It’s February 2003 and private detective Glenn Wozniak just wants to ride out the remainder of a cold Chicago winter perched on a bar stool, pairing shots of Irish whiskey with cheap beer. But when a client neglects to pay him for services rendered, Glenn finds himself desperate for work, any work. Enter a wealthy new client offering a lot of money to find his missing daughter. On the eve of the U.S. war in Iraq, Glenn begins an investigation that will take him from the far northern edge of Chicago to an industrial wasteland at its southern border to some of the most dangerous parts of the city’s west side. Along the way, he’ll encounter anti-war protesters, ex cons, drug dealers, corrupt cops, and a gang member leading a double life, ultimately unearthing secrets that could make him some dangerous enemies and possibly cost him his life.
A new to me author with Todd Luchik’s debut novel Forgotten Boy.
I’ll be honest, I kind of struggled with reading this one, not because it wasn’t good – it was and not because I didn’t enjoy it – I did. Mainly I think because of its length – 388 pages and the format I was reading in – Kindle. I think I have problems reading books over 250 pages digitally – they just seem to read slower for me. I don’t know why that is, but hey I’m strange.
Back to the book. Glenn Wozniak – ex cop and a somewhat lazy PI seems more interested in getting stuck into the booze than he is in working for a living. Cliched PI? Not really, I liked him warts and all. On the surface, he’s not overly sympathetic. He’s single – unsurprisingly; overweight, seems to have trouble attending to personal hygiene and seems to have work ethic issues and a problem with authority. During the course of our tale and despite these flaws, he still manages to get lucky with the ladies a few times. Do Chicago gal’s set the bar lower?
Getting to know him through the course of the book, by the end I had a new found respect for him. He’s honest and when he puts his mind to tenacious and dogged. His refusal to be told to back off and be dismissed by his rich client when there were still secrets to be uncovered was admirable. The case was solved, or at least resolved to the satisfaction of Edgar Marsh, particularly when further digging might lead to the family name being besmirched. Wozniak – grows a pair and pushes on.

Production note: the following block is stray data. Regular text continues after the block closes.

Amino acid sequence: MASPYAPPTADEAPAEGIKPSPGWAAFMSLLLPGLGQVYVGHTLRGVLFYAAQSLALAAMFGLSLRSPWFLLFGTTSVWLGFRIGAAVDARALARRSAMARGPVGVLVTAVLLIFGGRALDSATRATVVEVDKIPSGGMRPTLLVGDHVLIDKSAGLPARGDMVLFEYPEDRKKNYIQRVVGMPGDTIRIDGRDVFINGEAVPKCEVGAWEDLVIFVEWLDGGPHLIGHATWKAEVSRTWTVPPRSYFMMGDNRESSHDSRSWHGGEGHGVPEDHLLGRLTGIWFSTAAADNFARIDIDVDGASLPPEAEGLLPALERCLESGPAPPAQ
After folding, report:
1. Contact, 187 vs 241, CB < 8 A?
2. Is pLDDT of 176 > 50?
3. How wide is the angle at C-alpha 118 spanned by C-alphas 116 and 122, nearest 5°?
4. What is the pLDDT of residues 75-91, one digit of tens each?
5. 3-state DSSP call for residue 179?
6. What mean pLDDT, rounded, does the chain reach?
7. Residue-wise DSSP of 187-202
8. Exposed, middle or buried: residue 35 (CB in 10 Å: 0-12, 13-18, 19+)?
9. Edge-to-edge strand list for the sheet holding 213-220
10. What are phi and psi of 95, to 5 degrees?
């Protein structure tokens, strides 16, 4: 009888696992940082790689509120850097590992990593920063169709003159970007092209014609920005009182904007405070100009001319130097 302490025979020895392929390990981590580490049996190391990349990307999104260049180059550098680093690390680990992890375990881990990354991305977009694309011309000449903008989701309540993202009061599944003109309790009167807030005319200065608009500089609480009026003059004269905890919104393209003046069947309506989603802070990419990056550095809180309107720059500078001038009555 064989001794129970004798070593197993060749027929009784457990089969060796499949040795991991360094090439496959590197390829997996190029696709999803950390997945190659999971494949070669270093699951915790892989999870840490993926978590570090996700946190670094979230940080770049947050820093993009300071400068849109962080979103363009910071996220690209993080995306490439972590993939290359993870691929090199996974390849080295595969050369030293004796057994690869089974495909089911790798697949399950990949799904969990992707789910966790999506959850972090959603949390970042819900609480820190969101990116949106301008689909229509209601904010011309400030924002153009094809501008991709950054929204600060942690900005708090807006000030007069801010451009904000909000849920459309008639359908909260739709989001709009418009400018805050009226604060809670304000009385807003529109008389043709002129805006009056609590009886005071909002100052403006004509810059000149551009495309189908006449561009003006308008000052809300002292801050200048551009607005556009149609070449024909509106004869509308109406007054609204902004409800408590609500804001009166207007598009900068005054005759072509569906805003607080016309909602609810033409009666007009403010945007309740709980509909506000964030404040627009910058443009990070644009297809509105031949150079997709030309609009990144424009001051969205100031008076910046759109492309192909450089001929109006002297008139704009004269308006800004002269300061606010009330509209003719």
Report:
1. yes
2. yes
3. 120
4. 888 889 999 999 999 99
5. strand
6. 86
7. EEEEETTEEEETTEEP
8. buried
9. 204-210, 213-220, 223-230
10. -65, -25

Initially a missing person case, we evolve into a murder. Along the way we encounter……….booze, bars, a rich client, a missing arty daughter, a troubled cop who has also disappeared, bent cops including a chief who has made an arrangement with the local criminal king-pin to limit the impact of the drug’s trade on his community, by allowing his gang free-reign in a designated area, a troubled family with a dark past, a difficult marriage, sexual abuse, an unhealthy fraternal relationship, an anti-War group under infiltration from the police, corruption, arson, death and eventually answers but no happy endings.
Great setting - Chicago, a main character with issues, an interesting period in recent US history – the eve of the Iraq War. A lot to like.
4.5 from 5
The author Todd Luchnik was kind enough to forward me a copy of this for review.
There’s a shorter story – 50-odd pages long involving our main man also available on Amazon and possibly for free on his website – Friday Night, Saturday Morning.